Quite some exciting progress since the last progress report! There have been 180 commits since the last progress report. As of today, rustc_codegen_cranelift is available on nightly! :tada: You can run rustup component add rustc-codegen-cranelift-preview --toolchain nightly to install it and then either CARGO_PROFILE_DEV_CODEGEN_BACKEND=cranelift cargo +nightly build to use it for the current invocation or add

FYI: Not the author, just found it to be an interesting read. Notified the author, so lets hope he joins in for a nice discussion.

And the Copy question.It is not that s reference has to implement Copy. A reference IS Copy, by the simple fact that it is a primitive value on the stack.

A reference &T holds a pointer, ie. the memory adress to the actual content of T

So, in the example x doesn’t hold the value 42, it holds the memory adress to the memory there the integer value 42 is stored. So, to access the value, you need to dereference the reference. Which is why you need to use *x when you assign the value.

Fixed it… I come from a language culture were we like our negations :) Also, not native english speaker, so combine the two and you are in for a ride!

But isn’t it kind of obvious that if you are able to do 180k times improvement, then the baseline is probably not very impressive to begin with. Still, that doesn’t take away that the optimizations were impressive, and that it was interesting to read about it.

And if I understand it correctly, it now would be enough for them to ping in this community in a post to get it do show up here… so that might be something for them to think about.

I actually agree, I much prefer articles. However, I found this interesting since it looked at turbopack, parcel, rspack and others and talked about how it comes that the JavaScript ecosystem seems to start to use a lot of rust for their tooling. It was quite long though…

Because of ownership you’re forced into certain hierarchies, which make the code ugly and hard to read.

For non-gc languages you always have ownership, in most languages you just have to keep track of it manually. And whenever the rust compiler gives an error, you would most likely have had a future issue in another language. For gc languages, this may still exist if you share data between threads, causing possilbe race conditions and data corruption. So, the ownership/borrow model is just a formalization of implicit rules that exists in most languages.

I see where you come from. I first turned to Go, but at the end of the day it was a nice language but it didn’t tick my boxes. One of my main issues for backend servers, is for them to be robust. They should never fail in runtime. That means error handling is quite important, and as few runtime errors as possible. Go, fails this hard. The strictness of Rust, may be a pain while learning, and some syntax may be less than optimal, but the result will almost never fail in production. I have in fact never had a backend I wrote fail in production. The error handling also makes it easy to find any errors due to things out of my control. I switched a project from Java to Rust, and the log shrunk by a factor 10.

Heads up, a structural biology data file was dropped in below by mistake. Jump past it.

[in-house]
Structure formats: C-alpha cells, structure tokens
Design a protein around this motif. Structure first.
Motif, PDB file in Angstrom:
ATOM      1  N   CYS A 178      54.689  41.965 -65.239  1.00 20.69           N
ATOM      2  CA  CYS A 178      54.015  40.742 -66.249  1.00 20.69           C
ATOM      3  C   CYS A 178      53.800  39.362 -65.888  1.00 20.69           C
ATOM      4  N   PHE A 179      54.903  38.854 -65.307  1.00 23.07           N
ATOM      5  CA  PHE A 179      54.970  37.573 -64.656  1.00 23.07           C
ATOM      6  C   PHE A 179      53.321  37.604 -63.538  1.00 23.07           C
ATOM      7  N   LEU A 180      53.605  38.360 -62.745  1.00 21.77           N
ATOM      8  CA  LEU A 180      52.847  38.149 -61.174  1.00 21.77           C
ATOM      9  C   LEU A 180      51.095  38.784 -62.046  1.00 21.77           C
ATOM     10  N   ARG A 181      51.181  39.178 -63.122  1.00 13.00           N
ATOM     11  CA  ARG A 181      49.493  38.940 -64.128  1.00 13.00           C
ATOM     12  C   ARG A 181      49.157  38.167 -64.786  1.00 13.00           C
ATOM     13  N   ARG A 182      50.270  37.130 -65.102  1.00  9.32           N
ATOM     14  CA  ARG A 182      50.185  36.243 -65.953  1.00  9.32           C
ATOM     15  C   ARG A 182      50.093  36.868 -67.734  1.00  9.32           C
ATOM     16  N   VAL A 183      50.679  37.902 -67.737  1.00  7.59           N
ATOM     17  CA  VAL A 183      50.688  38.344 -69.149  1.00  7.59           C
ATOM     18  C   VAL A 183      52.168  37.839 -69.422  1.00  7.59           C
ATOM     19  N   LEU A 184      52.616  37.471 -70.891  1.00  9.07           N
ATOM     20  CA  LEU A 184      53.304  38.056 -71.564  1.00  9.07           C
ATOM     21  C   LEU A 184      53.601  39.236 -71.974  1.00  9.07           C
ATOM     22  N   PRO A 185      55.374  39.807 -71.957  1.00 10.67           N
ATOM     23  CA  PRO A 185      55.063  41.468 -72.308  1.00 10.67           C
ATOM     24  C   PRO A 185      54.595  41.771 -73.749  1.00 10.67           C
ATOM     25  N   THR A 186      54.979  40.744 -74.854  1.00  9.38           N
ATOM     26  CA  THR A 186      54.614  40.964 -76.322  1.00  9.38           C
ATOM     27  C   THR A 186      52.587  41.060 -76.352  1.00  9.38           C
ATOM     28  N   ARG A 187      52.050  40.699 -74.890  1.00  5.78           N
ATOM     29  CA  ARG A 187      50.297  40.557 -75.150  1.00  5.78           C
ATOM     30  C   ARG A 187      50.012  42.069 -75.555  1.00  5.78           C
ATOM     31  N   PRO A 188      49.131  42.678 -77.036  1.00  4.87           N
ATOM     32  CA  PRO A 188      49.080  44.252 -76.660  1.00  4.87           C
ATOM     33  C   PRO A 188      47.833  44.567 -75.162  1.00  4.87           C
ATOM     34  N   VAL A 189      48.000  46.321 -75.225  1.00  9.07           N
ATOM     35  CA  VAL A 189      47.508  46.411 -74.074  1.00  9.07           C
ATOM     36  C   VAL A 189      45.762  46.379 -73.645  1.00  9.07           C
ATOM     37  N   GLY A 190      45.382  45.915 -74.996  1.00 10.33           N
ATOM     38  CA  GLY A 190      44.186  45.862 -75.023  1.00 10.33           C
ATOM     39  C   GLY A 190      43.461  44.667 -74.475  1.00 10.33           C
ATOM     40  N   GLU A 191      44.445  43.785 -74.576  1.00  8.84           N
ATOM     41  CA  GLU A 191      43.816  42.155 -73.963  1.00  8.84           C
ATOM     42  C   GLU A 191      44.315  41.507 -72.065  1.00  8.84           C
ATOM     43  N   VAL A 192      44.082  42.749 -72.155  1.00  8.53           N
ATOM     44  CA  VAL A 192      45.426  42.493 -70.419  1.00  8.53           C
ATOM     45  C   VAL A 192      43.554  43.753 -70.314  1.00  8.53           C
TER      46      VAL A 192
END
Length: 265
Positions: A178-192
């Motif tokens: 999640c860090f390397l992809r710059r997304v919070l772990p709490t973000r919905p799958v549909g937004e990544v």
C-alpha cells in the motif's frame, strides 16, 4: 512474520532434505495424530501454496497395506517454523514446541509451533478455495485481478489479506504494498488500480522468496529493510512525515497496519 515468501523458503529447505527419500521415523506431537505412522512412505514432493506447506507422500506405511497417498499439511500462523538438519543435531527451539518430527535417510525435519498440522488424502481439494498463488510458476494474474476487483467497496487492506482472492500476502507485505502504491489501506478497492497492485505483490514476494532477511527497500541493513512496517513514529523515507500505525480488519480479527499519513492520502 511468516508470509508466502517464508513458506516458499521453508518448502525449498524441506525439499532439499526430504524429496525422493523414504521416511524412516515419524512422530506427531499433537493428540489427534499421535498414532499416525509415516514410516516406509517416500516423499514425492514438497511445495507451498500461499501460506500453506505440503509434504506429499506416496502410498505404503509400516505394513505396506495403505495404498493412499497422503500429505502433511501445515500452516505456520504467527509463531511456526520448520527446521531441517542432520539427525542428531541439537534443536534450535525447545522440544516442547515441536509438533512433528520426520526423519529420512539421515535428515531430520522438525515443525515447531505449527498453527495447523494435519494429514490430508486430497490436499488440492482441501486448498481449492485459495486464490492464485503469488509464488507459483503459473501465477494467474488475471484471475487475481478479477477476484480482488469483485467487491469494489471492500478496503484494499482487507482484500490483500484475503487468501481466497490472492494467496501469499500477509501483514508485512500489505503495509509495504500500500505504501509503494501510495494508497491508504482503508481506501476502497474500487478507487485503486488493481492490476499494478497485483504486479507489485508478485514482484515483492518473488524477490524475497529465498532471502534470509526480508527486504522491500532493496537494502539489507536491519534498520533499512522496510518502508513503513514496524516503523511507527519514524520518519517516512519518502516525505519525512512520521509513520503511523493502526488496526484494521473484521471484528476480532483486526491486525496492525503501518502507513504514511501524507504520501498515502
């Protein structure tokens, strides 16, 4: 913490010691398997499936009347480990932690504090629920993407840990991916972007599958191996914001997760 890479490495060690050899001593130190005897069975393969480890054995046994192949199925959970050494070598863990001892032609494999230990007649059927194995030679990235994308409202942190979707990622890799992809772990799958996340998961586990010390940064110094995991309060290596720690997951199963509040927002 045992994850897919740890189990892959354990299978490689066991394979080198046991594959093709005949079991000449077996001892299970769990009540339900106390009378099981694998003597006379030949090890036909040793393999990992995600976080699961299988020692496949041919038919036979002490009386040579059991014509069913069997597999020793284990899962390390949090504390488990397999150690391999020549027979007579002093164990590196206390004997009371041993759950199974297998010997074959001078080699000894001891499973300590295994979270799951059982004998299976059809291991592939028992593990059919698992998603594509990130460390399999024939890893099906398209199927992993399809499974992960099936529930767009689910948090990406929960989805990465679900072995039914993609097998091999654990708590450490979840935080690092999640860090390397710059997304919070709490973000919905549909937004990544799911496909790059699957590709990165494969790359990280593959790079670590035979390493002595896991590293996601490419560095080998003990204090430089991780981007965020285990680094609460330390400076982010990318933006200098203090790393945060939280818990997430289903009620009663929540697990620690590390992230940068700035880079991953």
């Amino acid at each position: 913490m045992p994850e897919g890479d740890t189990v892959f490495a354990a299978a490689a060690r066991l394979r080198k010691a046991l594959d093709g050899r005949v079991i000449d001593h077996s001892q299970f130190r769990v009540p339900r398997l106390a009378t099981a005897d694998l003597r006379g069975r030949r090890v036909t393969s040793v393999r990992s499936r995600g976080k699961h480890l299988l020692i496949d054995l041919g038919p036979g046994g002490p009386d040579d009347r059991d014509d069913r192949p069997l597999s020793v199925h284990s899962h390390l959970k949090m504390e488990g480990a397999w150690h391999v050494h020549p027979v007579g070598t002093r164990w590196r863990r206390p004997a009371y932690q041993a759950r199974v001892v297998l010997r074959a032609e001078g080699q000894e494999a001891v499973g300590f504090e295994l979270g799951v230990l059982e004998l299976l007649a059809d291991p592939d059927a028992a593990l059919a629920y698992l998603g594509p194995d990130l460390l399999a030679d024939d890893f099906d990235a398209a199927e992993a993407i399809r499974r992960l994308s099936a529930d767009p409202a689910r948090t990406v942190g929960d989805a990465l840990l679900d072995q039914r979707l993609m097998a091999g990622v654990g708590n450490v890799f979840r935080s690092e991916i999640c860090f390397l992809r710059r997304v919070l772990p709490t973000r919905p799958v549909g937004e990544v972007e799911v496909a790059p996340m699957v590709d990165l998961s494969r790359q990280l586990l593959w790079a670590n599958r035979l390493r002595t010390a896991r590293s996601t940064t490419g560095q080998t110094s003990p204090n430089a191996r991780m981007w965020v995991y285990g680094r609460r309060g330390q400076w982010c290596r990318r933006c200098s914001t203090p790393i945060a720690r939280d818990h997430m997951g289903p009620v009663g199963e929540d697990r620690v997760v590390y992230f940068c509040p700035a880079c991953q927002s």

Note, I still use Go sometimes, but it is not my go to language. And on a second note, that you point to .unwrap() indicates that you never really used rust to write a backend, since use of .unwrap() will panik if you use that. You normally use .unwrap_or(…) or some other better construct. Also, complaining about unwrap() would indicate that you prefer a null pointer issue? Because, dropping null/nil is one of the great design choices, having null/nil is just a recepie for getting a runtime crash.

wouldn’t it be better to use #[cfg(target_os = "windows")] instead of checking an env variable?

Reference: https://doc.rust-lang.org/rust-by-example/attribute/cfg.html

So, I will finally be able to drop some deps and use the built-in chown. Nice!

Always happy to see more projects being open source.

Now, I don’t have any experience with Axum, but my experience is that the frameworks are quite similar, so much of the porting tend to be in parameters and types, authentication and session (of course, this may vary from project to project). So if you are familiar with Axum this might be a good way to start contributing to Kellnr. Well, I guess if you just want to learn Axum, it might also be a good way to start, it will just be a little slower… but I guess it is a good way to learn a new framework if you have the time to invest.

Great to see that this moves forward in a steady pace. And being able to compile Rust for Linux seems like a nice milestone, especially since many objections initially against rust in the kernel was about GCC support.

That depends on the job I want to do. But generally my selection is something like this.

  1. Is it a short simple script: Bash
  2. Longer script, then a more competent dynamic language like Perl/Python.